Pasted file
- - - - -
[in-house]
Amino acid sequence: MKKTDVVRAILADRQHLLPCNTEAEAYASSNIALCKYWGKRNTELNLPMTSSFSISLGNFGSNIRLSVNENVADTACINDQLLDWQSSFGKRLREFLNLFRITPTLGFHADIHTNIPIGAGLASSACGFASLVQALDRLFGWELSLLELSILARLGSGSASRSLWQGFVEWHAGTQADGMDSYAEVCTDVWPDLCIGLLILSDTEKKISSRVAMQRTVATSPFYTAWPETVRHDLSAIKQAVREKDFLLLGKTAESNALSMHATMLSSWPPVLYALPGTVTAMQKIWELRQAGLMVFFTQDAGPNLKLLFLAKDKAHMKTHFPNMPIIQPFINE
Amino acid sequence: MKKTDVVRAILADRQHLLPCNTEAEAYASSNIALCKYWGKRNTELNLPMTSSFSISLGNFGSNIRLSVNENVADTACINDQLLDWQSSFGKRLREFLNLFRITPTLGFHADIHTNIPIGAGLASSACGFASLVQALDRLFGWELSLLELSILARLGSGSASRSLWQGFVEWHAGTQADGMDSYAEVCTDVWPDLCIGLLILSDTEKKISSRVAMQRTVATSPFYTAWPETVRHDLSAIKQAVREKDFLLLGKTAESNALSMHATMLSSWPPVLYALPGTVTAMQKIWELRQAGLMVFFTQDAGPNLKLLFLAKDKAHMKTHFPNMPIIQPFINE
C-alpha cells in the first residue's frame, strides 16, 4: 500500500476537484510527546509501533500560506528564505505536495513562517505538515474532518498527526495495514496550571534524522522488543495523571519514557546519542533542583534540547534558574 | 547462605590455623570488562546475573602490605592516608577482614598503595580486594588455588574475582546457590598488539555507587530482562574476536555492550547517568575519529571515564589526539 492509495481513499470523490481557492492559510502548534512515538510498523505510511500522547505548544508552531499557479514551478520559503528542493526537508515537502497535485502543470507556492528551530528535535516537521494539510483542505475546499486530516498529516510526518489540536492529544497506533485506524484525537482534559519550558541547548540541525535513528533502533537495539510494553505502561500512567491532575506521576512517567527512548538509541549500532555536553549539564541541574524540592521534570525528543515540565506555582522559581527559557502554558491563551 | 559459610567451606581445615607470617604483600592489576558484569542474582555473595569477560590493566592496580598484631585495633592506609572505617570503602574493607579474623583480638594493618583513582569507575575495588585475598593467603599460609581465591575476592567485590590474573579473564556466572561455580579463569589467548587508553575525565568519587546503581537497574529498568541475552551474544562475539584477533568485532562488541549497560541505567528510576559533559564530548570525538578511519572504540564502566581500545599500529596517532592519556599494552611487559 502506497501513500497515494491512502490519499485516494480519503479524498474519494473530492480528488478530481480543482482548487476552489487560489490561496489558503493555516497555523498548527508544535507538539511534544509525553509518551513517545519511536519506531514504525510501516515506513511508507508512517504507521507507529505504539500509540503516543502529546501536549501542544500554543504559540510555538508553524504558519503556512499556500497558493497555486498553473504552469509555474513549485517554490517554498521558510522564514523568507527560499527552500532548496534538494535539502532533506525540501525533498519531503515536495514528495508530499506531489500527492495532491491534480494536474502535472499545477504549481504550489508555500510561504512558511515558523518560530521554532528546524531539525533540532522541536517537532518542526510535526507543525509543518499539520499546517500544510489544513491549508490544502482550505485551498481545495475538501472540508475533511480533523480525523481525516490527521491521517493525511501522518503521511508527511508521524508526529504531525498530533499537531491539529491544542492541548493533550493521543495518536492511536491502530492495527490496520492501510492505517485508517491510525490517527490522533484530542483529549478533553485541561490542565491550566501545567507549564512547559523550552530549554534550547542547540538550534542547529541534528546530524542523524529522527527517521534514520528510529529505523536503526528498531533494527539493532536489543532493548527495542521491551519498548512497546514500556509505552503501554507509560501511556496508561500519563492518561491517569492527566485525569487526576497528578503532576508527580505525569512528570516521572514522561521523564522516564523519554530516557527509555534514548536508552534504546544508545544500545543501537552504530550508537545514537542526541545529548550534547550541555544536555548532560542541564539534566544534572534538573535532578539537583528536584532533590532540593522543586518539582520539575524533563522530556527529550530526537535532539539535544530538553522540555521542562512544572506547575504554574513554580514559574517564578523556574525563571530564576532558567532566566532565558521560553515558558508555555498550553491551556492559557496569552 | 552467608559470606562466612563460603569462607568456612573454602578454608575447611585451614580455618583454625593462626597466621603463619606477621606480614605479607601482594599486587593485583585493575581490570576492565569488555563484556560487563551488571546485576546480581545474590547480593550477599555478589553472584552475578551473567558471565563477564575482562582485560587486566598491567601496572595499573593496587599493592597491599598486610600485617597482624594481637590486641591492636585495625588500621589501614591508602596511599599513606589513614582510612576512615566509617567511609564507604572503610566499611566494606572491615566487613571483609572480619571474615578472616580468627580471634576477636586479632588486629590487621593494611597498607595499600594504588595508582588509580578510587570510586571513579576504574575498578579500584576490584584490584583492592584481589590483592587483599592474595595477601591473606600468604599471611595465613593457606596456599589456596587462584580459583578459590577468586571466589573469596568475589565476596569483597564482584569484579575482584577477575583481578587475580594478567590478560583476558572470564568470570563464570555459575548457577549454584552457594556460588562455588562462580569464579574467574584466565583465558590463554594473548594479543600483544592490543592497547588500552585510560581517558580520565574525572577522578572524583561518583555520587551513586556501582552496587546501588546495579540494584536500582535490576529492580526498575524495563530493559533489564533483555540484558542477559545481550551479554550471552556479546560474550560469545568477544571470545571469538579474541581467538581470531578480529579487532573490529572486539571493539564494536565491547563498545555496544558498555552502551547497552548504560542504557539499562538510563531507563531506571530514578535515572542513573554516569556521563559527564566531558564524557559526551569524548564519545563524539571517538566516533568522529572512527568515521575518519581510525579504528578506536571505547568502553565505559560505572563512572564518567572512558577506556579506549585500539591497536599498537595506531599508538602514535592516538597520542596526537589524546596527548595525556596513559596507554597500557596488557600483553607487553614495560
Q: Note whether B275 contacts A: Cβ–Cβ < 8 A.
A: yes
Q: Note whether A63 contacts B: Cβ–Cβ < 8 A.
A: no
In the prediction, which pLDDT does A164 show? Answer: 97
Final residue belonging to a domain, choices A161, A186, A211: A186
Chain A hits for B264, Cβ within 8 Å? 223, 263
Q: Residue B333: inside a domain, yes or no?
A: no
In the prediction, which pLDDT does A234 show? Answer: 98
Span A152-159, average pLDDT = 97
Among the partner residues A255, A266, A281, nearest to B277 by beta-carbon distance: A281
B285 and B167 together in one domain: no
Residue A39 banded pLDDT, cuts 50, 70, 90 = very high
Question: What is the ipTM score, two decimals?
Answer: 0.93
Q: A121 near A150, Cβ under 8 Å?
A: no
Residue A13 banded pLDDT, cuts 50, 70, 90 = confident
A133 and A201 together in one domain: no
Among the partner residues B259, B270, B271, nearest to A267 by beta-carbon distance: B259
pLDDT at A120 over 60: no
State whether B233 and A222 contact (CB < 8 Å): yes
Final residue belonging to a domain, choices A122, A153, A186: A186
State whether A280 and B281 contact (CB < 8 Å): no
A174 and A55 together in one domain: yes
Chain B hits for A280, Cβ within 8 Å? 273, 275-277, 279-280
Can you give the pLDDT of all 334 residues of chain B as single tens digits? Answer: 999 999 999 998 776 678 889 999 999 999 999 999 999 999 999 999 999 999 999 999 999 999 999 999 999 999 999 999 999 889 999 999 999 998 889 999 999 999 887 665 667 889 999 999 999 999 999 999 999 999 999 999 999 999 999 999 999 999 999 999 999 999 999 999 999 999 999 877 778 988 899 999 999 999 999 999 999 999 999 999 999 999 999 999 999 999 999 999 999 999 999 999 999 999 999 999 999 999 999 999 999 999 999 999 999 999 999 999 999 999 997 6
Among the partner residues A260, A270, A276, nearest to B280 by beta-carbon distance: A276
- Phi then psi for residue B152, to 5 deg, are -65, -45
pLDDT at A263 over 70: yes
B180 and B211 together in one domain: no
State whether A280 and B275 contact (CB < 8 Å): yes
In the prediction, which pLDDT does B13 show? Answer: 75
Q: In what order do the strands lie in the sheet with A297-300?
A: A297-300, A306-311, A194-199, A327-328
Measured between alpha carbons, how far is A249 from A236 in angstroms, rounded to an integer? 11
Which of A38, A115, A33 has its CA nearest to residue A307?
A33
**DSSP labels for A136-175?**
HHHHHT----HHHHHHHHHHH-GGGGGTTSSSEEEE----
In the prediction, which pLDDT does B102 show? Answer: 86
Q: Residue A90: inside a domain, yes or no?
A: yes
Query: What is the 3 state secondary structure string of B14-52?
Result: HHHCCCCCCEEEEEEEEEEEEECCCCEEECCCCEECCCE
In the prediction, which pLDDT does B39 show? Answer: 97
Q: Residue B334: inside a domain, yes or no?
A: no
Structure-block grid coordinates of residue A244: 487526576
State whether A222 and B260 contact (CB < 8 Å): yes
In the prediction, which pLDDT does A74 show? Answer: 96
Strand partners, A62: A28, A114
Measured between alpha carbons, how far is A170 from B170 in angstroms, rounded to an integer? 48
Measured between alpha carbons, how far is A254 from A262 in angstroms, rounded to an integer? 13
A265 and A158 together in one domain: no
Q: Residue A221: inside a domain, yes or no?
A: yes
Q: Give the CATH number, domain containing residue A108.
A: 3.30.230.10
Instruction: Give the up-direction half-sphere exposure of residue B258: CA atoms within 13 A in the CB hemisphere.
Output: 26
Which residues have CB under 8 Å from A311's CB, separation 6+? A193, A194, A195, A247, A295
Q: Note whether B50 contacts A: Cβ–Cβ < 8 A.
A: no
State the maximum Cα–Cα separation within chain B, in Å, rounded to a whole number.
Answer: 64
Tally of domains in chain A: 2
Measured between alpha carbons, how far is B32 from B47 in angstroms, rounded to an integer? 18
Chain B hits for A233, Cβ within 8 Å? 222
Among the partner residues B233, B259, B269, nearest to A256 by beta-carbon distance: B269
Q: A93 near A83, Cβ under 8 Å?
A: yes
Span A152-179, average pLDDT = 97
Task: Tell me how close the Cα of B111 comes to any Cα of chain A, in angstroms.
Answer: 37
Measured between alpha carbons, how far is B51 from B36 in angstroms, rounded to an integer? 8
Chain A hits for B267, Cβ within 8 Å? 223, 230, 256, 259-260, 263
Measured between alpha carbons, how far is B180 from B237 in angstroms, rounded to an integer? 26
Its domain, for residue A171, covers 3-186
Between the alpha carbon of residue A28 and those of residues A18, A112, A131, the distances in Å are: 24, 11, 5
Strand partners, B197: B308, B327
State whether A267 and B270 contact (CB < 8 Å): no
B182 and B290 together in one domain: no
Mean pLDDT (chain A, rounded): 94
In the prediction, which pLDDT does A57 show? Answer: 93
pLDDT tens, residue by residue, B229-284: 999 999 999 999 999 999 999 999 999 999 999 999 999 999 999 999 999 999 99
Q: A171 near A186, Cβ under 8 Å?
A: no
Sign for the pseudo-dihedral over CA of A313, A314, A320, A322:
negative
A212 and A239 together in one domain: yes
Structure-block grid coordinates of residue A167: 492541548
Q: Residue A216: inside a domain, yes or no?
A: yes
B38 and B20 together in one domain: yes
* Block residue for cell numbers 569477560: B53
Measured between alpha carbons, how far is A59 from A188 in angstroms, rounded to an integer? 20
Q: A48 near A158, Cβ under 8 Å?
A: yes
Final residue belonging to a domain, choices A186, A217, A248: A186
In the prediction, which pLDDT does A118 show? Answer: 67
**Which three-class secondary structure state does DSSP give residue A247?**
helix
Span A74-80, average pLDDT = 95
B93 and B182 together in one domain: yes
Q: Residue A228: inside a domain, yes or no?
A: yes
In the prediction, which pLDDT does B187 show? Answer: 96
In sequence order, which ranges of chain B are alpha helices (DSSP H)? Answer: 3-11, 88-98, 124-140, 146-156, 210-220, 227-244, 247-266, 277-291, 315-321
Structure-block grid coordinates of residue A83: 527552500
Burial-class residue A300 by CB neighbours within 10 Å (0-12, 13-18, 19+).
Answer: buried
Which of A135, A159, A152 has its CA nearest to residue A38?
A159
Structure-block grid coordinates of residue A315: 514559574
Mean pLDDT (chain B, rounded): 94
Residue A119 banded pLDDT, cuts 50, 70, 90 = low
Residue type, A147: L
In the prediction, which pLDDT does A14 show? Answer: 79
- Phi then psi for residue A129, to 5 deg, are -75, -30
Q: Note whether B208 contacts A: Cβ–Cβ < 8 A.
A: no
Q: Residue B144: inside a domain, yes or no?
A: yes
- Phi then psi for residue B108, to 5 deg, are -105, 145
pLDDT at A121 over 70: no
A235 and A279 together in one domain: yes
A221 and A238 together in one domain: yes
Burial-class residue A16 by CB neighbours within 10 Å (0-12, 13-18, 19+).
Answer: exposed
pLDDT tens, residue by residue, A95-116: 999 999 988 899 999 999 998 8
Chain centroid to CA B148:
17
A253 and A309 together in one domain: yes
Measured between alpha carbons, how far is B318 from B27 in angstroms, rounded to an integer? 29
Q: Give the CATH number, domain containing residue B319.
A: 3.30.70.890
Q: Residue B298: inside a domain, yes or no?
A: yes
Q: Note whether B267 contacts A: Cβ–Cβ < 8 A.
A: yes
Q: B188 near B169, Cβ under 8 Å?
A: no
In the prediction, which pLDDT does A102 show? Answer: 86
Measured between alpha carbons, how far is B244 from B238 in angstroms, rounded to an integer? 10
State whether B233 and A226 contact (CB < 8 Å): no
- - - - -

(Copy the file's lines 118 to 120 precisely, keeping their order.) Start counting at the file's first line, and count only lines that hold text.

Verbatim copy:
Which of A135, A159, A152 has its CA nearest to residue A38?
A159
Structure-block grid coordinates of residue A315: 514559574